Updating read-only SharePoint fields with Power Automate

Rich Endersby-Marsh
Waterstons Development
10 min readMar 3, 2021


How to create a reusable child Flow to do this for you

It’s fairly common when working with Power Automate to want to be able to update the values of read-only fields in a SharePoint list.

A prime example would be an approval workflow process, where you have approval fields on the list that a user should be able to see but not change. Imagine a basic user field that captures the person who approved or rejected the list item.

Out-of-the-box SharePoint approvals do capture a single approver, however with multiple stages of approval you may well want to capture each individual approver at each stage in different fields— something that basic approvals don’t do.

Unfortunately, Power Automate can’t provide any sort of elevated privileges to update the value of a read-only field, nor can a Site Collection Admin do it (although even if they could, using a Site Collection Admin account for the SharePoint connection in Power Automate would generally be a bad idea…). Calling the SharePoint REST API directly isn’t even enough to get around it.

The only way to do this at time of writing is to take the field and:

  1. Disable read-only
  2. Update the field value
  3. Re-enable read-only

Not ideal, but also not the end of the world given the speed at which Power Automate will be able to do this. It is, however, a little fiddly, and something you’re not going to want to do afresh every time you need to get Power Automate to update a read-only field. Not only is it a right faff, but it’ll clutter up your Flow in no time.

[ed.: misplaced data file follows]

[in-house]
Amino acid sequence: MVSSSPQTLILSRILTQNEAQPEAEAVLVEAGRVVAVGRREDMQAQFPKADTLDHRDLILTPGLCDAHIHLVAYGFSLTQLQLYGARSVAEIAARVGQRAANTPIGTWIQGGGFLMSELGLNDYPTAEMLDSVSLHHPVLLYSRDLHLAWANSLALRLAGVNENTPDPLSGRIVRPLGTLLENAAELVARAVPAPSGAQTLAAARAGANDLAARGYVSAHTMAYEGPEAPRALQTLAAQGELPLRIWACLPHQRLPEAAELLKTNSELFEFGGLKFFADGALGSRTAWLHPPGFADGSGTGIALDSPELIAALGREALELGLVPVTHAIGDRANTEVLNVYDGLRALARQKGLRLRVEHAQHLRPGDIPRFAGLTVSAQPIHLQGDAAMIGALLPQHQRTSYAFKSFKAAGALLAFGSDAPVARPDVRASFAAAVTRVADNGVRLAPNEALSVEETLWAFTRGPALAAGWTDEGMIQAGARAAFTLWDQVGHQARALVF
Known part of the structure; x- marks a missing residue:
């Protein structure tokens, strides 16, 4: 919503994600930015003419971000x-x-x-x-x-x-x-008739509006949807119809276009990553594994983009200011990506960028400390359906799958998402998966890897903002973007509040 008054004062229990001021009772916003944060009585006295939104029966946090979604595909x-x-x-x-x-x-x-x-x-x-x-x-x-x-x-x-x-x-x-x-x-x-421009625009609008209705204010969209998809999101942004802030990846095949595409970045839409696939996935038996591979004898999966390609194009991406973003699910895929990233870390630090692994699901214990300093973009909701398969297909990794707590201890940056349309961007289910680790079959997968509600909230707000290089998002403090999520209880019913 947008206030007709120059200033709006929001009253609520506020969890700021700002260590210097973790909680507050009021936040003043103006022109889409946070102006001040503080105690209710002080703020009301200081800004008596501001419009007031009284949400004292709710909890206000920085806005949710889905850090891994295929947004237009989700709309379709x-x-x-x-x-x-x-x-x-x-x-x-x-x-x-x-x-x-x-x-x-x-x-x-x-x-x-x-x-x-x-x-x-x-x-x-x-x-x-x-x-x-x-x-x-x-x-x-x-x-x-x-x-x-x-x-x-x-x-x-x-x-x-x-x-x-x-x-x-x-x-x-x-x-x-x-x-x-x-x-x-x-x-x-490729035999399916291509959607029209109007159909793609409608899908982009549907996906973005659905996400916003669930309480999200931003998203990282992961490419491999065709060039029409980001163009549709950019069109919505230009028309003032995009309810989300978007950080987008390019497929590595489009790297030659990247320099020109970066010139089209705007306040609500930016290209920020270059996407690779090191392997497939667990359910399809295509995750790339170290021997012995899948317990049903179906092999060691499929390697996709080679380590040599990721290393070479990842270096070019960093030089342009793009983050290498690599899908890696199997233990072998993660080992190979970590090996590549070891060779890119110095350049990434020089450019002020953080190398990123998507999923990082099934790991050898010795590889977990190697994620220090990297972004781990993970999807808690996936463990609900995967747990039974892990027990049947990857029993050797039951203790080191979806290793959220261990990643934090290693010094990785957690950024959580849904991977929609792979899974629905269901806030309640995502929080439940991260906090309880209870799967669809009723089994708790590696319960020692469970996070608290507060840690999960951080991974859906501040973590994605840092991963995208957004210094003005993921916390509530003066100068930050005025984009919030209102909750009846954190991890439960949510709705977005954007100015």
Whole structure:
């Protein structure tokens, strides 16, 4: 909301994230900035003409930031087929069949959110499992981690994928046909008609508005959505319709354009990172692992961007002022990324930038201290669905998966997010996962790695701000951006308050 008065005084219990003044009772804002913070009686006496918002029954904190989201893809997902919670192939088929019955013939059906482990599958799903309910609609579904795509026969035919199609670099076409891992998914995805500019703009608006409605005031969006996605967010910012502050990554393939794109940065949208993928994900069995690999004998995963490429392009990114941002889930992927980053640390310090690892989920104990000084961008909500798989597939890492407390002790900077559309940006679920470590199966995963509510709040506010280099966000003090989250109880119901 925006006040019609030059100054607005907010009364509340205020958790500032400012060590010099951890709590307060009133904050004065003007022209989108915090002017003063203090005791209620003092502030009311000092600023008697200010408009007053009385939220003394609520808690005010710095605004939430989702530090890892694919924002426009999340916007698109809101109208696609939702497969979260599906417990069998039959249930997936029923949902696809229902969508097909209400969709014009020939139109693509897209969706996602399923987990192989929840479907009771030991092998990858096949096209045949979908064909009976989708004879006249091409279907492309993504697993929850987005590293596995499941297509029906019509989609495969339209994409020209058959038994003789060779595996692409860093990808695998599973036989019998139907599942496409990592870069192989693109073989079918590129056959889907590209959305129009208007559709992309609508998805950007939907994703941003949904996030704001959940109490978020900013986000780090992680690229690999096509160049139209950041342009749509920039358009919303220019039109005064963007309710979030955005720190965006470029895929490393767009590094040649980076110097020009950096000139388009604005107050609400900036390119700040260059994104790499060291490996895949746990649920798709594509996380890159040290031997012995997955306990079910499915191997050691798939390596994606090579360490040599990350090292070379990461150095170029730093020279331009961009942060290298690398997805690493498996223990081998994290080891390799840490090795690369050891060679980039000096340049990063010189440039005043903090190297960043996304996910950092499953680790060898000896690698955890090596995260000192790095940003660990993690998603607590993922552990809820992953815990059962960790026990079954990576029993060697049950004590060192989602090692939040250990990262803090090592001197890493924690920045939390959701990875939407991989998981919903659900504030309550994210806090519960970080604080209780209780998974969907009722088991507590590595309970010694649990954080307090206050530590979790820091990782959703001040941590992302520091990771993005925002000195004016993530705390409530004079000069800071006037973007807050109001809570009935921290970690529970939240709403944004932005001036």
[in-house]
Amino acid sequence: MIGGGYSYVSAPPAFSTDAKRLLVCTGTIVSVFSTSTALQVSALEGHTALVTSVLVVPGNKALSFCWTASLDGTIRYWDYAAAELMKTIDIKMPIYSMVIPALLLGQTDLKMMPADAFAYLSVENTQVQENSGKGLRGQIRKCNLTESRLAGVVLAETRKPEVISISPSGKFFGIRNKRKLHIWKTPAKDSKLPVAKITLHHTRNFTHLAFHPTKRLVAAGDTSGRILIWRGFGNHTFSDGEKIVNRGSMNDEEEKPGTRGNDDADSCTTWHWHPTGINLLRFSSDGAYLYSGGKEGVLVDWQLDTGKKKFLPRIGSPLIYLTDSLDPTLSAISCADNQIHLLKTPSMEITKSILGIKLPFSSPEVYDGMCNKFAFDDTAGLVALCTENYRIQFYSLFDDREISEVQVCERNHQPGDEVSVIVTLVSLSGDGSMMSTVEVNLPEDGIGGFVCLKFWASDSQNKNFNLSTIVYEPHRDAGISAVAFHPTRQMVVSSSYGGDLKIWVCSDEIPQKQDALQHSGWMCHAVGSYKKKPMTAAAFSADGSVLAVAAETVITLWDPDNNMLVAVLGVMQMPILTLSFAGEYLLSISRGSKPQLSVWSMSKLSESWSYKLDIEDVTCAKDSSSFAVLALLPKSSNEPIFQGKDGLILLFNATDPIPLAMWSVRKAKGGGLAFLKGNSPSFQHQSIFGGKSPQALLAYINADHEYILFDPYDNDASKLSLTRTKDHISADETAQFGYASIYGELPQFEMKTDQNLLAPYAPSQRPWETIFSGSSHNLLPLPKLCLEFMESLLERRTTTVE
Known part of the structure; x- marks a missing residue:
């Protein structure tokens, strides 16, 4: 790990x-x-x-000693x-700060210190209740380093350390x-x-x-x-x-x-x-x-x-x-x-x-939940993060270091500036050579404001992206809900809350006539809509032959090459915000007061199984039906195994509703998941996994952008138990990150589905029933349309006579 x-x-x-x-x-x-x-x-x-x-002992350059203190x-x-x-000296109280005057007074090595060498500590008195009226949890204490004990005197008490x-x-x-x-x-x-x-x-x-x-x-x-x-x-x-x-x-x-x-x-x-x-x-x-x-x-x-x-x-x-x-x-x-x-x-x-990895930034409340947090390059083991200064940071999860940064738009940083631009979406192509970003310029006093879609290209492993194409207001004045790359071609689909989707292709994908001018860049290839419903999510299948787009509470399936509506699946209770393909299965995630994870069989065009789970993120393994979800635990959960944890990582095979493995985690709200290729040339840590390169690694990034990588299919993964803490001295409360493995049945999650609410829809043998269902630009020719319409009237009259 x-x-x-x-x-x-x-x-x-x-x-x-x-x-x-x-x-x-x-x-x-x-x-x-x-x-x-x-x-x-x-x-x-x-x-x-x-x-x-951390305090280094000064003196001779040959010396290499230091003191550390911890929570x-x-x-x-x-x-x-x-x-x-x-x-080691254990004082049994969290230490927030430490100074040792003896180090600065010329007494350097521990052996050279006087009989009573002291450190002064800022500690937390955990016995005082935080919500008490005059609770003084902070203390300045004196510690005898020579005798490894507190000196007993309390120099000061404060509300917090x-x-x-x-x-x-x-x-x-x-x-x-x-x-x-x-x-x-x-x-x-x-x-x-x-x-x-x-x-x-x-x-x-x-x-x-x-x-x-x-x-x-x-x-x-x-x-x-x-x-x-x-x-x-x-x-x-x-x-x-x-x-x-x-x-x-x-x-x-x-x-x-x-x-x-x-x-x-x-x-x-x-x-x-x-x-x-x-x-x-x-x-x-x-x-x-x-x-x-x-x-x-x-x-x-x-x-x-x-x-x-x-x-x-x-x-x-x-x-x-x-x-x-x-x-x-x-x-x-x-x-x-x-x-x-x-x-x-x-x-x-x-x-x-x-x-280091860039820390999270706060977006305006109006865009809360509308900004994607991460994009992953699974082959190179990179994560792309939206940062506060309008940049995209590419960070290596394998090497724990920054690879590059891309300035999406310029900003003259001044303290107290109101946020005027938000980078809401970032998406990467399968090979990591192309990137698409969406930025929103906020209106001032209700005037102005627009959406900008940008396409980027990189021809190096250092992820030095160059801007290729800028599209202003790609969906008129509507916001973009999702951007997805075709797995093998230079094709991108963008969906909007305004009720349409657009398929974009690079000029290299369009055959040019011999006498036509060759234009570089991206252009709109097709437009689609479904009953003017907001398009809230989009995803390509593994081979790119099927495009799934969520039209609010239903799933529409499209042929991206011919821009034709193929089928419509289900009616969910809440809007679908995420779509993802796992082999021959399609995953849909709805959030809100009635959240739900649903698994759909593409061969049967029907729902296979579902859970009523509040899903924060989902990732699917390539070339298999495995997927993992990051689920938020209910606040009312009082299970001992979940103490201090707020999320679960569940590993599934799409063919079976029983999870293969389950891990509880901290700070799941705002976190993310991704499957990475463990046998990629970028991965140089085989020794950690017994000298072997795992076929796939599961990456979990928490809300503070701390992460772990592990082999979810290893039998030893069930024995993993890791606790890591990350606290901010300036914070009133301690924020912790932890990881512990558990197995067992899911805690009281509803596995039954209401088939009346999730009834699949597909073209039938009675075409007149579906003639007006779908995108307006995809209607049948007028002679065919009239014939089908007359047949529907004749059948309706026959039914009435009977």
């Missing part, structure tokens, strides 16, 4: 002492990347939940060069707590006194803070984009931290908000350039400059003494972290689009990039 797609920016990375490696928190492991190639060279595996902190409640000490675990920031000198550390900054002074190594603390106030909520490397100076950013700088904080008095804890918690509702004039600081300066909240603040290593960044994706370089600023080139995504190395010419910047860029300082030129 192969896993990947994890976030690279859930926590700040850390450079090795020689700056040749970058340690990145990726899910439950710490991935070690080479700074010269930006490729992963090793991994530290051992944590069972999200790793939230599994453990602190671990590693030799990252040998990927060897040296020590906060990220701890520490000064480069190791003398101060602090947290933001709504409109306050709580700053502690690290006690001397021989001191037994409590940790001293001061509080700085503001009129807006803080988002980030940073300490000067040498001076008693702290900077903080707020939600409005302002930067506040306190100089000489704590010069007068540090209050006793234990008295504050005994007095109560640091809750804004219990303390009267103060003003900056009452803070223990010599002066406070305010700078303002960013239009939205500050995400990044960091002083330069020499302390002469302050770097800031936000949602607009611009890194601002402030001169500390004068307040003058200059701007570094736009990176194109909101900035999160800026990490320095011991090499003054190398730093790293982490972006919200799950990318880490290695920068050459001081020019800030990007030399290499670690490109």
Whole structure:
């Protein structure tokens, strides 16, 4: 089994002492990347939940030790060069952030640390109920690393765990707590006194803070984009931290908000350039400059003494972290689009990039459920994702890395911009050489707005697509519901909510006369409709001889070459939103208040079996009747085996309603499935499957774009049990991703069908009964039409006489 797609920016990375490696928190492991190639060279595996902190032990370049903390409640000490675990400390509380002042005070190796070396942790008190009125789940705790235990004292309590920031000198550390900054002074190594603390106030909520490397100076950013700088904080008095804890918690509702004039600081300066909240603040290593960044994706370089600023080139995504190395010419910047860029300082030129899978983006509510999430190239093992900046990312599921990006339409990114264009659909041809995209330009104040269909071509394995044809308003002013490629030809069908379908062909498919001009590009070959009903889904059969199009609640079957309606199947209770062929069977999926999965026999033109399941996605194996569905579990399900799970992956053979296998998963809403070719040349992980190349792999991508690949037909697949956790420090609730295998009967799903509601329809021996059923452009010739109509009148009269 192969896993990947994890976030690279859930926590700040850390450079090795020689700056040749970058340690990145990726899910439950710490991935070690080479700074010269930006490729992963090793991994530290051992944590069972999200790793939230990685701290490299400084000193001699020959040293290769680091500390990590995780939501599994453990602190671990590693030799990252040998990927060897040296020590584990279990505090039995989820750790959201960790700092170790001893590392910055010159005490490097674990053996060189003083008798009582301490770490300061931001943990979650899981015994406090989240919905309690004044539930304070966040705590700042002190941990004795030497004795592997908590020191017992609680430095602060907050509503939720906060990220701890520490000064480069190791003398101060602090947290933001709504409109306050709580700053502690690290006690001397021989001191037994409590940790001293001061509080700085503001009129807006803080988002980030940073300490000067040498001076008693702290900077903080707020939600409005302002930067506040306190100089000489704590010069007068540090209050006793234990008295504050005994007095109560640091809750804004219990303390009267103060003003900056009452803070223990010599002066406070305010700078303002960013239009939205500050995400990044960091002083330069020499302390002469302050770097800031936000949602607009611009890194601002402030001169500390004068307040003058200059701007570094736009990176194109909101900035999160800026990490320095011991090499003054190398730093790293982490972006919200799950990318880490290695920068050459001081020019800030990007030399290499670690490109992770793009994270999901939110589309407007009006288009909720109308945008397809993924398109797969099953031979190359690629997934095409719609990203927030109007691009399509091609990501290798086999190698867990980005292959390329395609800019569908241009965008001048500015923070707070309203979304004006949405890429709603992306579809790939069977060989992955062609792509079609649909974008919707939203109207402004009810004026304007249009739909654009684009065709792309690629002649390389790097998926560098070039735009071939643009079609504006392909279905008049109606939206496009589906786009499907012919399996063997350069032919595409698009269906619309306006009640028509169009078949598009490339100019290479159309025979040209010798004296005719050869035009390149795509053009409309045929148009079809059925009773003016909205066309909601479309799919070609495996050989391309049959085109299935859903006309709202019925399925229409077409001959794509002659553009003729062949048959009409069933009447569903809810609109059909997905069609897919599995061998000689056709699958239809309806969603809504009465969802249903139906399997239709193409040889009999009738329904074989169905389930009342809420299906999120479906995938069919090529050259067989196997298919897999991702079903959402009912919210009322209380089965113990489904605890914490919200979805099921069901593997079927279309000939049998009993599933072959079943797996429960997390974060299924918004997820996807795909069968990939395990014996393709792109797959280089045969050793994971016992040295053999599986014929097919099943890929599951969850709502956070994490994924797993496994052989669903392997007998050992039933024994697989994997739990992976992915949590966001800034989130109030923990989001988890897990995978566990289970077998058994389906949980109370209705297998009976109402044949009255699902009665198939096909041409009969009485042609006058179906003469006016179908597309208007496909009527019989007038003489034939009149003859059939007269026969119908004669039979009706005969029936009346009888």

I recently wrote a reusable Flow for a piece of client work that I’d like to share in order to help anyone facing a similar situation. It accepts a list item ID and a JSON object representing the fields that need to be changed, and what their new values should be. It then loops through all of these field changes and repeats the three-step process above to update the values in the list.

As a bonus, it also doesn’t make use of any premium connectors, so at the time of writing it won’t require any additional premium licenses to run.

When I built the Flow I was only targeting a single list, so the child flow isn’t set up to be told what list to target. This would not be a difficult addition to make though and is left as an exercise for the reader 👍

Building the Flow

The first thing is to create a new solution in Power Automate that can house your main Flow and child Flow. This is important as a child Flow can only be called from within the same solution. I made this mistake initially — so save yourself some time and do this first!

Within your solution, create a new manually-triggered Flow. Then in the trigger add two inputs, one Number for the ID and one Text for the JSON string:

Trigger inputs

Error Handling

Since this is a production Flow, I’m going to set up some error-handling around the body of the internal logic. This means we can return a ‘Success’ status to indicate whether the Flow succeeded or failed in updating all the read-only fields.

For this, the first thing is to initialize a Boolean variable that keeps track of whether the Flow has been successful:

Initialize Success status

The initial value is bool(true) , which we’ll falsify if we hit a problem.

I’ll then set up three scopes that mimic the sort of ‘Try-Catch-Finally’ construct you’d traditionally see in code:


The Try scope will contain all the logic of the Flow. Catch will then be set up to run if and only if any part of the Try scope fails to run successfully. To do this, click the ellipsis and then ‘Configure run after’:

Catch scope

The Finally scope will then be configured as follows:

Finally scope